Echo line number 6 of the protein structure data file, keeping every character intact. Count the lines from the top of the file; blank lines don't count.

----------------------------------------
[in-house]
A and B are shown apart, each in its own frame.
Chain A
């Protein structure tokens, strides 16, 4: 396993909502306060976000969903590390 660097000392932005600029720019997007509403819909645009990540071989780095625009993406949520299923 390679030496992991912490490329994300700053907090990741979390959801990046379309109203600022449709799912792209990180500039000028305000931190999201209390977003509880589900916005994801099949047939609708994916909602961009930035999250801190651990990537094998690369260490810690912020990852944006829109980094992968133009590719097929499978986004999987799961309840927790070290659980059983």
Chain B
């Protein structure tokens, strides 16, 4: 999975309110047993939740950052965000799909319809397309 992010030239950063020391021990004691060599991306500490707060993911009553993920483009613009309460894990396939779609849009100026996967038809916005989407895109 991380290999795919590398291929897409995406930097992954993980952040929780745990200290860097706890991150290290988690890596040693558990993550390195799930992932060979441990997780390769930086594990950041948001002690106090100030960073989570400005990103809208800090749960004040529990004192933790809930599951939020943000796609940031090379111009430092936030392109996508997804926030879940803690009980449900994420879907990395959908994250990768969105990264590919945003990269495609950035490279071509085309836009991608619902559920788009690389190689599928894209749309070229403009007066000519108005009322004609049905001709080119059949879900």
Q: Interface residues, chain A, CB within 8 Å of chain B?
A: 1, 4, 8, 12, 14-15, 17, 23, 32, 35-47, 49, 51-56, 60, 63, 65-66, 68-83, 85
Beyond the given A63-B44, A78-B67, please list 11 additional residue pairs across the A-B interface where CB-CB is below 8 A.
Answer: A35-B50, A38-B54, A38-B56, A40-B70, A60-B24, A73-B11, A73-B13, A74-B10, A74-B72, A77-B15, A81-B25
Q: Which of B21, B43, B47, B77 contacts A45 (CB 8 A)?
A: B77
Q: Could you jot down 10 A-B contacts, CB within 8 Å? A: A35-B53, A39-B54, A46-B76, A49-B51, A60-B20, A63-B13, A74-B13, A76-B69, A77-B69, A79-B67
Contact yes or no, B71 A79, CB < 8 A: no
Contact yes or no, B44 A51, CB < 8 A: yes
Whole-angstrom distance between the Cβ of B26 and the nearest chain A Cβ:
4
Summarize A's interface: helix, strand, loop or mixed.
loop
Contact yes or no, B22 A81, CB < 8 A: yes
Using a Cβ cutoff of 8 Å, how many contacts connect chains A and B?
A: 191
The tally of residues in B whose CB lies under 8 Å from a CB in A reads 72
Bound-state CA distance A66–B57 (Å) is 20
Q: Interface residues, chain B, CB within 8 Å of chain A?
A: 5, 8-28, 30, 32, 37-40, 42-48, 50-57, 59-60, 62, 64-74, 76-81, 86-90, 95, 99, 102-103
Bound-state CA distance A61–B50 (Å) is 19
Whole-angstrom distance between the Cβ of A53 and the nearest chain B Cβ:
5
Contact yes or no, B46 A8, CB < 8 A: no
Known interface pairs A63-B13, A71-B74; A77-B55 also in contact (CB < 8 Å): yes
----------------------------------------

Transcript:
């Protein structure tokens, strides 16, 4: 999975309110047993939740950052965000799909319809397309 992010030239950063020391021990004691060599991306500490707060993911009553993920483009613009309460894990396939779609849009100026996967038809916005989407895109 991380290999795919590398291929897409995406930097992954993980952040929780745990200290860097706890991150290290988690890596040693558990993550390195799930992932060979441990997780390769930086594990950041948001002690106090100030960073989570400005990103809208800090749960004040529990004192933790809930599951939020943000796609940031090379111009430092936030392109996508997804926030879940803690009980449900994420879907990395959908994250990768969105990264590919945003990269495609950035490279071509085309836009991608619902559920788009690389190689599928894209749309070229403009007066000519108005009322004609049905001709080119059949879900």